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Maybe we need Apple to pull the Steve Job's "Oh, we have one more thing"
You made some good points, some just silly.

Koreans make some of the best most reliable vehicles out there. My brother-in-law bought a Genesis because it drove better than a BMW.

My sister said the Mini is the best car she's ever driven (other than a Ferarri)has had two ever since she drove one in Australia.


Your avoidance of German cars because of the Holocaust reminds me of a TV show about this younger guy taking his VW Beetle across Israel to get it fixed. They were assembled in Belgium and sold in Israel to deflect any such feelings. Hint: Nobody making/selling these cars was involved in WWII.

But there are lots of choices (compared to a year or two ago) and the flood gates are about the break. The auto industry have always introduced there preproduction and concept cars at auto shows (and now social media as well) to gage reaction and interest and get some buzz. And at 1.5% of the market they get a lot of media buzz as well which for the companies is worth a lot in getting their names out there. Better cars will begat more better cars and we are just at the beginning.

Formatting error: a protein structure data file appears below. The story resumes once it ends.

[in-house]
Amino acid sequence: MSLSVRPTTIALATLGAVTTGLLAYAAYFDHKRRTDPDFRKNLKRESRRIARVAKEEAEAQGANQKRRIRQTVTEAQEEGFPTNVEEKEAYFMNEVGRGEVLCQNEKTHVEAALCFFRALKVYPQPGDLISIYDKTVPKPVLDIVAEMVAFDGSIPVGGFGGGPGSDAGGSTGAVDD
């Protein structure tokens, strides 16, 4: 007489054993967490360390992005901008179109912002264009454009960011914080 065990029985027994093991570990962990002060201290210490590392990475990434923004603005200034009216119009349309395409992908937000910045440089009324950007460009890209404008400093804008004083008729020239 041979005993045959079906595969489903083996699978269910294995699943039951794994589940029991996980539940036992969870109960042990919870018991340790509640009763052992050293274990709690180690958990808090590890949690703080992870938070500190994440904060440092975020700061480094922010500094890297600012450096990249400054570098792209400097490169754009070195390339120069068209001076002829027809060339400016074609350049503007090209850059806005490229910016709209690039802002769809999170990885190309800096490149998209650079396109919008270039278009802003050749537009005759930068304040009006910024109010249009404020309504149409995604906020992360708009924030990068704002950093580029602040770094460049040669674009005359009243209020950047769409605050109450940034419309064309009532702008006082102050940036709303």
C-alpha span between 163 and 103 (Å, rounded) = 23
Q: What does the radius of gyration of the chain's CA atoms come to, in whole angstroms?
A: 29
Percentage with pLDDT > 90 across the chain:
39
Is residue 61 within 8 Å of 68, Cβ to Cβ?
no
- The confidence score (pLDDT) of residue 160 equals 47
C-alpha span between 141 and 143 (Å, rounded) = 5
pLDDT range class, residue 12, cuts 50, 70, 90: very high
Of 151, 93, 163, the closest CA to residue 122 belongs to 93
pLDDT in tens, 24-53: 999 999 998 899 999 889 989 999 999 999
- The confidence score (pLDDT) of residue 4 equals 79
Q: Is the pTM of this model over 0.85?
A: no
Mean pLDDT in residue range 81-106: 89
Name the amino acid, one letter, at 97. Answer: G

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Discussion Starter #19
Either you are "not looking" or just ignoring the facts. GM did announce a new Buick based on the Chevy Bolt EV. The second one was seen in a GM presentation and it was a CUV. GM doesn't announce real hardware until it is ready. That is to avoid the competition from copying their products. The Bolt EV was an example of their late surprises when it was announced and presented as real hardware in 2015. Keep your faith alive, as I have done since 2009.
You will of course provide a citation for these vehicles for the U.S. market that you speak of.
 

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VW isn't a stupid company. You don't spend $2 billion on charging infrastructure and then not profit from the build out. These cars are coming soon. I'll be surprised if they aren't both available to purchase in a couple of years.
Not s stupid company, pulling at folks of a particularl demographics heartstrings with something that resembles something cheap, simple , efficient from a bygone era.

Despite not being stupid those are terrible names, Croz, Buzz what is this Duke Nukem?
Further why call your vehicle “Electric Mobility” makes it sound like your selling wheelchairs


Vapor ware with style over function and sized to fit a car hauler, sink and toilet inside.

Now if they could pull off the bigger car weighs half as much trick with the so called ultra low cost fiber material that costs 1/3 steel then they might have something, at least for city speeds.

Aero will still kill that class c brick at above 35mph though, might make a good motor home.